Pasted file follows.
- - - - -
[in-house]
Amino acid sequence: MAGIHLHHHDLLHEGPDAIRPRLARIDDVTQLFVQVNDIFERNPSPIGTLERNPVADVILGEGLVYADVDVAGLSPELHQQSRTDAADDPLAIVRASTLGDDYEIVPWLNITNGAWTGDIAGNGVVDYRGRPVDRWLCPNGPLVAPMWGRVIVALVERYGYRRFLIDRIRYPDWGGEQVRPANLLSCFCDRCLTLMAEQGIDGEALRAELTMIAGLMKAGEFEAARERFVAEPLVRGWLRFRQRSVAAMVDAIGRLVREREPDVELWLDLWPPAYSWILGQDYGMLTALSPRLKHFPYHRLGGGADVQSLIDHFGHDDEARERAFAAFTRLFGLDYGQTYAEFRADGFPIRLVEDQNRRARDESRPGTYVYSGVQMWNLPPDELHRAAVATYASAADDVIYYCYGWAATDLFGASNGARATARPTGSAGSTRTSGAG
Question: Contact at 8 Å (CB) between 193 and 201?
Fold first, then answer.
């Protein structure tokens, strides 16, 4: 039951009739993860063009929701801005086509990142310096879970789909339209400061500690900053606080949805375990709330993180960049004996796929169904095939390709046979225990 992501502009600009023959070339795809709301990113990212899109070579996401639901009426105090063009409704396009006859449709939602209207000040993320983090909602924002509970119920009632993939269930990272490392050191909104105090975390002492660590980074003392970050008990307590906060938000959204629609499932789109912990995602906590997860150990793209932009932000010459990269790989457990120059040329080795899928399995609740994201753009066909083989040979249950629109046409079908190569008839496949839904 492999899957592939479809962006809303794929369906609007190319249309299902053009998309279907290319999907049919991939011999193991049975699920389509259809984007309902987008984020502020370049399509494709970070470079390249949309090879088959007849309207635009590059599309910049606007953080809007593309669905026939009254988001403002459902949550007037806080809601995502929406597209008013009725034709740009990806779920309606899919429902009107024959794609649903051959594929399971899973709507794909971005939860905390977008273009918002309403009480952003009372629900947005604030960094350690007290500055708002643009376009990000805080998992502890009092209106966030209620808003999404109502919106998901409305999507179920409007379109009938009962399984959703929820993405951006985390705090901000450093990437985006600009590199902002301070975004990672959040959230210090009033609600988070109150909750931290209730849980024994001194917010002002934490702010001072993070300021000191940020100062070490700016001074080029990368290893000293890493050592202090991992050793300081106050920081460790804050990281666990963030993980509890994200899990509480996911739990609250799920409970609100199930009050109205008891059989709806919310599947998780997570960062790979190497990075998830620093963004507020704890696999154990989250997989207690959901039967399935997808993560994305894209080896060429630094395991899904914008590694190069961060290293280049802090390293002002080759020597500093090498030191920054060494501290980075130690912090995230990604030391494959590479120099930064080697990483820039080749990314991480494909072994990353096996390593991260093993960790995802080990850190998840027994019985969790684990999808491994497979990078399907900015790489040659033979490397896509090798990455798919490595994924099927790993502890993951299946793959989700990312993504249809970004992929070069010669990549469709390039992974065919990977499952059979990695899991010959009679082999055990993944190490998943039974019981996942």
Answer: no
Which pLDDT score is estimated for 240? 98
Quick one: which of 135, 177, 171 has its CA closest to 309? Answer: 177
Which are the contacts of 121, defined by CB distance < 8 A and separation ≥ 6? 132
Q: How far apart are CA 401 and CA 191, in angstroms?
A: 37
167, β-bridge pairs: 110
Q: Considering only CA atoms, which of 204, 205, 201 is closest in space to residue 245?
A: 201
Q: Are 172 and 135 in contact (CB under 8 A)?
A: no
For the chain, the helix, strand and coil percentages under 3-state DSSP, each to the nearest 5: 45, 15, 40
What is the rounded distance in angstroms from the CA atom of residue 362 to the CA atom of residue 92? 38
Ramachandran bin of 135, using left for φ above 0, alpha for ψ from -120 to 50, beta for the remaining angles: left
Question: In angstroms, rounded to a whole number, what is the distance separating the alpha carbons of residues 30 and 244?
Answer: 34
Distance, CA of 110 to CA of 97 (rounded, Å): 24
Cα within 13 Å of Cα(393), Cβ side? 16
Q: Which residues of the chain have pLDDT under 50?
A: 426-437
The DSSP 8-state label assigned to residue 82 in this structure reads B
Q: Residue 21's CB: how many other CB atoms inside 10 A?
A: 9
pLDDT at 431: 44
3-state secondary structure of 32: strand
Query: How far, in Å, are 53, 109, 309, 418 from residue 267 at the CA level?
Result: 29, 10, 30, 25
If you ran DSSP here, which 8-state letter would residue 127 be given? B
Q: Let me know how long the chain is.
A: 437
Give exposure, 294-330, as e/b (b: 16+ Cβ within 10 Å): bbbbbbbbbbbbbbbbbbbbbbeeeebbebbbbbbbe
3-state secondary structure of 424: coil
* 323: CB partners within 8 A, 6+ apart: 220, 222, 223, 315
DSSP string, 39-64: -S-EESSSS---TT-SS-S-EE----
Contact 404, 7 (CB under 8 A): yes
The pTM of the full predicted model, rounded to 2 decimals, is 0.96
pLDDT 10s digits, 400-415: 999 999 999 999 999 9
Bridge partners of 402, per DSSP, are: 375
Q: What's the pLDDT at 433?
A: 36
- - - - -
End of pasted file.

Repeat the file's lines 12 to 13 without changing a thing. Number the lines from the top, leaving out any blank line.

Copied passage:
167, β-bridge pairs: 110
Q: Considering only CA atoms, which of 204, 205, 201 is closest in space to residue 245?